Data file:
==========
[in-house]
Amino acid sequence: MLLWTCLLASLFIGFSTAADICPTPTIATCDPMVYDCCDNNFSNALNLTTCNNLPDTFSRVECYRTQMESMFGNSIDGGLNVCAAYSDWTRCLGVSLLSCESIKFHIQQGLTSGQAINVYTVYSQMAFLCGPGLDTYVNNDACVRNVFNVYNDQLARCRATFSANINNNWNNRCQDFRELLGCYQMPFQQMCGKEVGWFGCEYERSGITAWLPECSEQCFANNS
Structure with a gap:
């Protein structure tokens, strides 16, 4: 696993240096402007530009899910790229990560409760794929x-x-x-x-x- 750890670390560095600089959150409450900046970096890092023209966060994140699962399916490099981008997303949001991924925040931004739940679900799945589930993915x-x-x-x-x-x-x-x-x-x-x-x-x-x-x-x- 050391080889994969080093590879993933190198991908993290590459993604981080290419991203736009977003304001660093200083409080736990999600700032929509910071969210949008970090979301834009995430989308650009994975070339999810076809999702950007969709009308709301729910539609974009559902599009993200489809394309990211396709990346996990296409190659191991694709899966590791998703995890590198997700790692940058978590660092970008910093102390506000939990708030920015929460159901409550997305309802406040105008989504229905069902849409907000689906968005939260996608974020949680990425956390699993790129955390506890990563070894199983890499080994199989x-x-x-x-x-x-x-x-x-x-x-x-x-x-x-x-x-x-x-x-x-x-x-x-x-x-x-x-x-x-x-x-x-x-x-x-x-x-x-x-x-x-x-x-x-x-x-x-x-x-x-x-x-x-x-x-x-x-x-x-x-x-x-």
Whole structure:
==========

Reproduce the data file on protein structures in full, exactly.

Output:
[in-house]
Amino acid sequence: MLLWTCLLASLFIGFSTAADICPTPTIATCDPMVYDCCDNNFSNALNLTTCNNLPDTFSRVECYRTQMESMFGNSIDGGLNVCAAYSDWTRCLGVSLLSCESIKFHIQQGLTSGQAINVYTVYSQMAFLCGPGLDTYVNNDACVRNVFNVYNDQLARCRATFSANINNNWNNRCQDFRELLGCYQMPFQQMCGKEVGWFGCEYERSGITAWLPECSEQCFANNS
Structure with a gap:
């Protein structure tokens, strides 16, 4: 696993240096402007530009899910790229990560409760794929x-x-x-x-x- 750890670390560095600089959150409450900046970096890092023209966060994140699962399916490099981008997303949001991924925040931004739940679900799945589930993915x-x-x-x-x-x-x-x-x-x-x-x-x-x-x-x- 050391080889994969080093590879993933190198991908993290590459993604981080290419991203736009977003304001660093200083409080736990999600700032929509910071969210949008970090979301834009995430989308650009994975070339999810076809999702950007969709009308709301729910539609974009559902599009993200489809394309990211396709990346996990296409190659191991694709899966590791998703995890590198997700790692940058978590660092970008910093102390506000939990708030920015929460159901409550997305309802406040105008989504229905069902849409907000689906968005939260996608974020949680990425956390699993790129955390506890990563070894199983890499080994199989x-x-x-x-x-x-x-x-x-x-x-x-x-x-x-x-x-x-x-x-x-x-x-x-x-x-x-x-x-x-x-x-x-x-x-x-x-x-x-x-x-x-x-x-x-x-x-x-x-x-x-x-x-x-x-x-x-x-x-x-x-x-x-």
Whole structure: